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Old 10-11-2019, 12:55 PM
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Talk to Heritage, they have the same rules. REA does not.
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Old 10-11-2019, 01:03 PM
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But these "rules" many of the big AH's have are nothing new?

Which makes me question the hammer prices for many cards over the last 10 or so years in general.



Quote:
Originally Posted by benjulmag View Post
I will add that there are aspects of this rule that trouble me. As some of the posts suggest, likely many/most people did not thoroughly read the auction rules and were unaware of the right of the AH to bid up to a secret reserve. I know I was unaware of the rule until after the auction closed and I saw the lot passed. It certainly was not something I was familiar with.

The AH does say it sets this secret reserve before bidding starts, and it is imbedded into the software. But what is to prevent the following?

The AH has a financial interest in an item. Before the bidding starts it sets a crazy reserve, something that almost certainly the market cannot support. Then the AH places bids up to this reserve, and at the close of the auction announces the item did not sell. Unless people knew that the rules allow this, the market will be left with the impression that the market price was the last bid placed.

In the case at hand, people apparently (and not unreasonably unless they studied the rules in advance) felt the card had legitimate bidding up to $1M. Maybe it did. But maybe the last highest real bid was $500K, and maybe even that bid might have been to top a house bid. We simply do not know.

For me bidding on such an item, even being aware of the rules, I will never know that my bid reflects a real market bid, and that if I were to want to resell the item that I could come close to getting my money back.

I wonder whether this business model really obtains the highest price for a item in the instance that people are fully aware of what the rule allows. One incentive for people to bid is the belief other people have interest at that level. If that assumption is put into question by widespread knowledge that any bid, no matter how high, might be nothing more than a house bid placed to support a hidden reserve, people might be reluctant to bid. In contrast, if bidders are not generally aware of this practice, the rule can generate very high prices, prices that otherwise might be unobtainable. So I suppose it all depends on how knowledgeable bidders are about the rules.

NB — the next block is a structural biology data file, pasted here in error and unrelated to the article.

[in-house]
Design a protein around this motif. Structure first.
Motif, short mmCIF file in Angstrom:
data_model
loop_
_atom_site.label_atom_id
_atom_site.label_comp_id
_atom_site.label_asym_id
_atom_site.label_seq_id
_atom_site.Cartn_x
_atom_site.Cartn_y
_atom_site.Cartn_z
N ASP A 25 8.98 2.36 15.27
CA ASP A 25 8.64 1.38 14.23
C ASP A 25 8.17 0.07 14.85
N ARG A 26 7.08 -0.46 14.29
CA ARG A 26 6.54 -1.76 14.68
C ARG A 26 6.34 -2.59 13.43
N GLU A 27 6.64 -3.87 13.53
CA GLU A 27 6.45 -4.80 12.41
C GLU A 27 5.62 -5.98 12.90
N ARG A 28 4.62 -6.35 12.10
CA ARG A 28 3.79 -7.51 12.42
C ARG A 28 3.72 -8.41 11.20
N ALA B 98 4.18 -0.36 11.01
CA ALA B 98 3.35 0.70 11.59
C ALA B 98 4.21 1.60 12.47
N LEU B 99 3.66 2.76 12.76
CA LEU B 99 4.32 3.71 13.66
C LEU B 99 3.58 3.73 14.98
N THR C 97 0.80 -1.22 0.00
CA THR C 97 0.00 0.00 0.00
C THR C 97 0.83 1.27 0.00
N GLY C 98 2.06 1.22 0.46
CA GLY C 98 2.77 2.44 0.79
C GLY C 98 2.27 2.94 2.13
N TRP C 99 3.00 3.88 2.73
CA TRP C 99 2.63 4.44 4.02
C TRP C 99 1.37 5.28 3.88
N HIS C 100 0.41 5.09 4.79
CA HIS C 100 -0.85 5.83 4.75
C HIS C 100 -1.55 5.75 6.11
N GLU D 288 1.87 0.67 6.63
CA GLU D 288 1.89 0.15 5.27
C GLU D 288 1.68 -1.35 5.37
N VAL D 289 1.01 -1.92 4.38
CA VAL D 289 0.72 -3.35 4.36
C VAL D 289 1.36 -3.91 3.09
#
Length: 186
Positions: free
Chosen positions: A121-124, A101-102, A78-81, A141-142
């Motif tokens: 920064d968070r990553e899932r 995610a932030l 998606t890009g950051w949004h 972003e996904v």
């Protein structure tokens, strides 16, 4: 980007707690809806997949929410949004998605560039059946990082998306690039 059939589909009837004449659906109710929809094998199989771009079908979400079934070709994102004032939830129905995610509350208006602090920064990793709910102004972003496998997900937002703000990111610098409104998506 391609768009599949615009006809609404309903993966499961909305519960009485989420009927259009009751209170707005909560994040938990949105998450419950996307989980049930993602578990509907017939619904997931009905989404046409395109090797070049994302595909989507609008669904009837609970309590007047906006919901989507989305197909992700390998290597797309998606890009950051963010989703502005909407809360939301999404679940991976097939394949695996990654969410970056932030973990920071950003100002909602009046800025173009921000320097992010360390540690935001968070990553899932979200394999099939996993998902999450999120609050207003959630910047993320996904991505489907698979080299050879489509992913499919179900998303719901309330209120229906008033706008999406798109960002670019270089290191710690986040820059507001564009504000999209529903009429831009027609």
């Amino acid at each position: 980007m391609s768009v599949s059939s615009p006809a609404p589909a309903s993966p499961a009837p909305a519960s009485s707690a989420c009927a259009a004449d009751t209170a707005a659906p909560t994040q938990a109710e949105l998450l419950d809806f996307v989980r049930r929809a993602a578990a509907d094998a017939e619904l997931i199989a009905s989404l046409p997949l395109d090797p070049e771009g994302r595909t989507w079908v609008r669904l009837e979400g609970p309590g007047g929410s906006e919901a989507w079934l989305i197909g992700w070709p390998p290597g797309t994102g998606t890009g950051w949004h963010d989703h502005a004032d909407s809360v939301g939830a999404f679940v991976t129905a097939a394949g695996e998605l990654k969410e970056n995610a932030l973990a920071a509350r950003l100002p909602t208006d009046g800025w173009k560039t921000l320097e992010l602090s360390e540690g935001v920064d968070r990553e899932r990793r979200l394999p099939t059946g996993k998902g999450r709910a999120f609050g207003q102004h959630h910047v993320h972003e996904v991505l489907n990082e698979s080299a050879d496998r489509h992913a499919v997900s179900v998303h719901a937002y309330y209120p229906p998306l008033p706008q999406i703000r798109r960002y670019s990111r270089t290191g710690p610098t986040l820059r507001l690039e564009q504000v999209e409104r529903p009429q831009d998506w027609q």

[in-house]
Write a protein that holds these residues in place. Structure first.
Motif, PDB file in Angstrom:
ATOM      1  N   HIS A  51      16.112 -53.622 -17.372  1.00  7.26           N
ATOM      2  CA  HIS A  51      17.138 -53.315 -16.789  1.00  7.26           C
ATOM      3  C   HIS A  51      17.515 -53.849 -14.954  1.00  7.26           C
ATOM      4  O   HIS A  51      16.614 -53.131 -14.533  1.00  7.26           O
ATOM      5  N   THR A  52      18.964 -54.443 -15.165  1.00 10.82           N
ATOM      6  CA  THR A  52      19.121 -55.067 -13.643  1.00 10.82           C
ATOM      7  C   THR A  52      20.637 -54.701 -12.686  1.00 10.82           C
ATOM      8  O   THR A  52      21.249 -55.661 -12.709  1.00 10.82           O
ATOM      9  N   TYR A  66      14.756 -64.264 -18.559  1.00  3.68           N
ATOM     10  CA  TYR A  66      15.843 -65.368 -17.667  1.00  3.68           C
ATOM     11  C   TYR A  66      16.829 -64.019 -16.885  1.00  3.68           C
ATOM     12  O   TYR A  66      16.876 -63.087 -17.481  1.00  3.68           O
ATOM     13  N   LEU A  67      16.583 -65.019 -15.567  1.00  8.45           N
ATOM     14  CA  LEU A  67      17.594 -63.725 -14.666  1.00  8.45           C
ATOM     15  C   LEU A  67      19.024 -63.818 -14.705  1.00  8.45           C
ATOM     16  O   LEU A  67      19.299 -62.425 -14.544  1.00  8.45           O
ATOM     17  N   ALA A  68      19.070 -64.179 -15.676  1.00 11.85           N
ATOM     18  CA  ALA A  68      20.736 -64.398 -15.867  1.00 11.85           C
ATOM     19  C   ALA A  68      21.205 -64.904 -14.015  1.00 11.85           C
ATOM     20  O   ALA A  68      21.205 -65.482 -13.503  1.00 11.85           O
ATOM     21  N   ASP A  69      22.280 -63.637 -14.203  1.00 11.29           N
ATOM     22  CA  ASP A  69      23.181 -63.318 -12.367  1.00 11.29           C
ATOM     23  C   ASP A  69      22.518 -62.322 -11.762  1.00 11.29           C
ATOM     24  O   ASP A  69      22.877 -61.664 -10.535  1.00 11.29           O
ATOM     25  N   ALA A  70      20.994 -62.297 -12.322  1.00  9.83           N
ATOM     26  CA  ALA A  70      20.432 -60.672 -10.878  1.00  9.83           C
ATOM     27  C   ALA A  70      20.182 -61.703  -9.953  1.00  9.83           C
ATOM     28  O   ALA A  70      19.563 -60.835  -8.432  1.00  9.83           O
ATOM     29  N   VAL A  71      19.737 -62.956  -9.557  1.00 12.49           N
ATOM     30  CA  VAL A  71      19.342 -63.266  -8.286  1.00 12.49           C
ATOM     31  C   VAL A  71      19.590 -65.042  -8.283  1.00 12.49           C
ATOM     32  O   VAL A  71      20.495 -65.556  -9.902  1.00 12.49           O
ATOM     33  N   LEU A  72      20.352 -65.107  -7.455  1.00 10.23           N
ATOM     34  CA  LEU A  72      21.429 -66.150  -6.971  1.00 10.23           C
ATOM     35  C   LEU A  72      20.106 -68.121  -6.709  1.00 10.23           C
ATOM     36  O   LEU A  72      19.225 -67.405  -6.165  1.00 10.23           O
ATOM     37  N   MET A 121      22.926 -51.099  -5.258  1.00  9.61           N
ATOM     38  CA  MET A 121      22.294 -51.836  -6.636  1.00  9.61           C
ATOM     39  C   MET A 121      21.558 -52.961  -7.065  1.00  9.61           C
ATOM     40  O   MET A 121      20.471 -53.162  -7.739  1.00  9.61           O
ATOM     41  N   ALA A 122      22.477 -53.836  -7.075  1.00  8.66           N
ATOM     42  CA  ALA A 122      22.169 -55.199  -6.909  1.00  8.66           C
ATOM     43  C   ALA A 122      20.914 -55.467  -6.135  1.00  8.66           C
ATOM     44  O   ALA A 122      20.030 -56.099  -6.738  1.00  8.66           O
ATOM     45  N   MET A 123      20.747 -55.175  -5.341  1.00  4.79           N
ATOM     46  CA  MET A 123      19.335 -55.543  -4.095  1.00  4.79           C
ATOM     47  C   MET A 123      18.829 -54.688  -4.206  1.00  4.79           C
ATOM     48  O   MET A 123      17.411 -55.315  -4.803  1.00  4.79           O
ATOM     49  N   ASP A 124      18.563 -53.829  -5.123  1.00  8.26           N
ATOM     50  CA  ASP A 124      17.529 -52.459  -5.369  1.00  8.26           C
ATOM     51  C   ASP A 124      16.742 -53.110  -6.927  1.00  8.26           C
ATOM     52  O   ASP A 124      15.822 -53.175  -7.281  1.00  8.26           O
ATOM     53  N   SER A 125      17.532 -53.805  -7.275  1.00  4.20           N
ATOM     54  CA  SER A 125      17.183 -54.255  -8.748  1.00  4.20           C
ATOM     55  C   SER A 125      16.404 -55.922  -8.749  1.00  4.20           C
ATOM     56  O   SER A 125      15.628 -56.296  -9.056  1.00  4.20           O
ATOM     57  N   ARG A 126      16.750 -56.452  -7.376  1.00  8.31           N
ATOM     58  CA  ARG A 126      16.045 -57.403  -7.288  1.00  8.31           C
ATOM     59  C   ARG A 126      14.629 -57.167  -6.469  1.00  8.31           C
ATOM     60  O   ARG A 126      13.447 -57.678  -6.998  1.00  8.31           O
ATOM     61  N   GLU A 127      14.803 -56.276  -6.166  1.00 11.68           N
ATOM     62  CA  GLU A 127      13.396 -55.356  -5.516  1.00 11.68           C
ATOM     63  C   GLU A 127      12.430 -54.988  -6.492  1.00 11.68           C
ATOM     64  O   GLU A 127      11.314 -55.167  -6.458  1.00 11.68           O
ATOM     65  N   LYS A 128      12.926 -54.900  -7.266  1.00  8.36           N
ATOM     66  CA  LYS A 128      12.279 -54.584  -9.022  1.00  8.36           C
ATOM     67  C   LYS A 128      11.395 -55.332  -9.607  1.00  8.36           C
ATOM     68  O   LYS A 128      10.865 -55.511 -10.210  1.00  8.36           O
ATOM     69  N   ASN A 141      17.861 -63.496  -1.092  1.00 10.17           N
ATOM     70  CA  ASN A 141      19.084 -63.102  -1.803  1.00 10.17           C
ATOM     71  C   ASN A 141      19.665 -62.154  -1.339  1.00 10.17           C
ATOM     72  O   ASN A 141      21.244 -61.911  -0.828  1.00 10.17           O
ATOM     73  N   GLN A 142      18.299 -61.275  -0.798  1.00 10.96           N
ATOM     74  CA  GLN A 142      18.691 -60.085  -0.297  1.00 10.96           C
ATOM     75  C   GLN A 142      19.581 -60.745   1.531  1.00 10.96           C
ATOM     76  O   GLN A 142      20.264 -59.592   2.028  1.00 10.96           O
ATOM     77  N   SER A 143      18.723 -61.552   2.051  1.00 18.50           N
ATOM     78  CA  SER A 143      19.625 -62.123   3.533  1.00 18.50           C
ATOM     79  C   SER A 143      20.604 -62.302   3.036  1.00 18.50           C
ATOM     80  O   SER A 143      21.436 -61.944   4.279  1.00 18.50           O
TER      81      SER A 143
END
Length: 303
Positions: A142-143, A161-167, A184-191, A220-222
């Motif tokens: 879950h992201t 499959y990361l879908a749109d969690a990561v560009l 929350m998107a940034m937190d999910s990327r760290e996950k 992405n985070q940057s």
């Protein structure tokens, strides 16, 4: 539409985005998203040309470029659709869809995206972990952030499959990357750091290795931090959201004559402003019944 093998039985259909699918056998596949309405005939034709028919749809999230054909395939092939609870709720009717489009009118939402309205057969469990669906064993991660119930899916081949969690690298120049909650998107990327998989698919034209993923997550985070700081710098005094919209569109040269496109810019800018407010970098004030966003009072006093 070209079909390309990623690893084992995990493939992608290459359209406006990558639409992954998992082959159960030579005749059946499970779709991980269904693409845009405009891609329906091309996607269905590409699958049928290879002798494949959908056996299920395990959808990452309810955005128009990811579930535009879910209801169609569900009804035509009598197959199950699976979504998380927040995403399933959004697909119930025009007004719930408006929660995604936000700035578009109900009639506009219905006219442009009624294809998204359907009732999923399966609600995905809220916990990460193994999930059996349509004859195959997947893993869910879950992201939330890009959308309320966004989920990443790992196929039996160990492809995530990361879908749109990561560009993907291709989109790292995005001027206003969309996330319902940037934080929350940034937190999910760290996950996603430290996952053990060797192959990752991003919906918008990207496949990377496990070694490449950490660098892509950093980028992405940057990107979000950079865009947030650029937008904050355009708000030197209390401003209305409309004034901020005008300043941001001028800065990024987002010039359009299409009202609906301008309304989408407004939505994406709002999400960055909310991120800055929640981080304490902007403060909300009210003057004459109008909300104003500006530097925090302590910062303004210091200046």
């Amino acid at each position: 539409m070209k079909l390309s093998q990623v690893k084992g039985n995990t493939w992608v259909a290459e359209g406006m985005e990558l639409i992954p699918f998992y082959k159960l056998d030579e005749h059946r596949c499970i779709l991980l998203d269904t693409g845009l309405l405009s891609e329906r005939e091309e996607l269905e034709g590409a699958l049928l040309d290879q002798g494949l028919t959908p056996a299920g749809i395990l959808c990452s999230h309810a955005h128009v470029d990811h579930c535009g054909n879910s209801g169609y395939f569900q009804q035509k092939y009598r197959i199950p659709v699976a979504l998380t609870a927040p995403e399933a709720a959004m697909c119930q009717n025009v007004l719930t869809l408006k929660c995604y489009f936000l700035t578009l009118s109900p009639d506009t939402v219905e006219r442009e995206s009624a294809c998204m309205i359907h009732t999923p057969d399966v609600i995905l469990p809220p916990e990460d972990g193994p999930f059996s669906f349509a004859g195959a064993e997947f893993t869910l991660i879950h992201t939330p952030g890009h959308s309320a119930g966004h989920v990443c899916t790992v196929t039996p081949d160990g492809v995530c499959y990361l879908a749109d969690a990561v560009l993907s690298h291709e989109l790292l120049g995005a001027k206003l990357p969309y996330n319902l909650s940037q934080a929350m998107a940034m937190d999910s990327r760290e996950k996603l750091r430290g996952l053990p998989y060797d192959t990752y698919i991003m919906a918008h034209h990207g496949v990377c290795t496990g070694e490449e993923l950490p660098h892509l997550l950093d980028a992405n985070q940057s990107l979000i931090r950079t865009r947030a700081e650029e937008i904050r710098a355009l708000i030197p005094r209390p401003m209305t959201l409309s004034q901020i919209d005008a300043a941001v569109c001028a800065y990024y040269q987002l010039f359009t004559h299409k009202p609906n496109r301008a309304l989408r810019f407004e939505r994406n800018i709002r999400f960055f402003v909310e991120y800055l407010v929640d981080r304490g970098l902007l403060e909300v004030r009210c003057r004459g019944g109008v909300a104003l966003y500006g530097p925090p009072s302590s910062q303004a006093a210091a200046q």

In saying all this, I am in no way saying or implying there was any ulterior motive on the part of MHCC in how they ran this auction or set their rules, or that they wanted no more than to get the best price they could for their consignor in accord with fair market practices. I only know I was surprised to read the item passed at the last recorded price, and when I then read the auction rules, they were not what I expected or was familiar with. Had I decided to bid high enough to win the lot, and then learn that for all I know the next highest real bid was at half the level I bid, I don't think I would be too happy. Yes, I could have read the rules. But still...….
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  #28  
Old 10-11-2019, 01:08 PM
benjulmag benjulmag is offline
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Originally Posted by calvindog View Post
Talk to Heritage, they have the same rules. REA does not.
Heritage does not have the same rules. They indicate a few days before closing whether the item has met the reserve, and if it has not, they raise the bid to the reserve price. So at that point forward a bidder will know that any bids reflect real bids.
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  #29  
Old 10-11-2019, 01:11 PM
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Originally Posted by ullmandds View Post
But these "rules" many of the big AH's have are nothing new?

Which makes me question the hammer prices for many cards over the last 10 or so years in general.
As I said, I don't recall seeing a rule exactly like MHCC's -- a rule that prevents a bidder from ever knowing that regardless how high he/she bids it is to top a real bid.
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Old 10-11-2019, 01:30 PM
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Any thoughts about the final hammer price on the t206 set? I haven’t had the time to go through the set that was offered and figure out what appropriate price would be however my sense is it went little low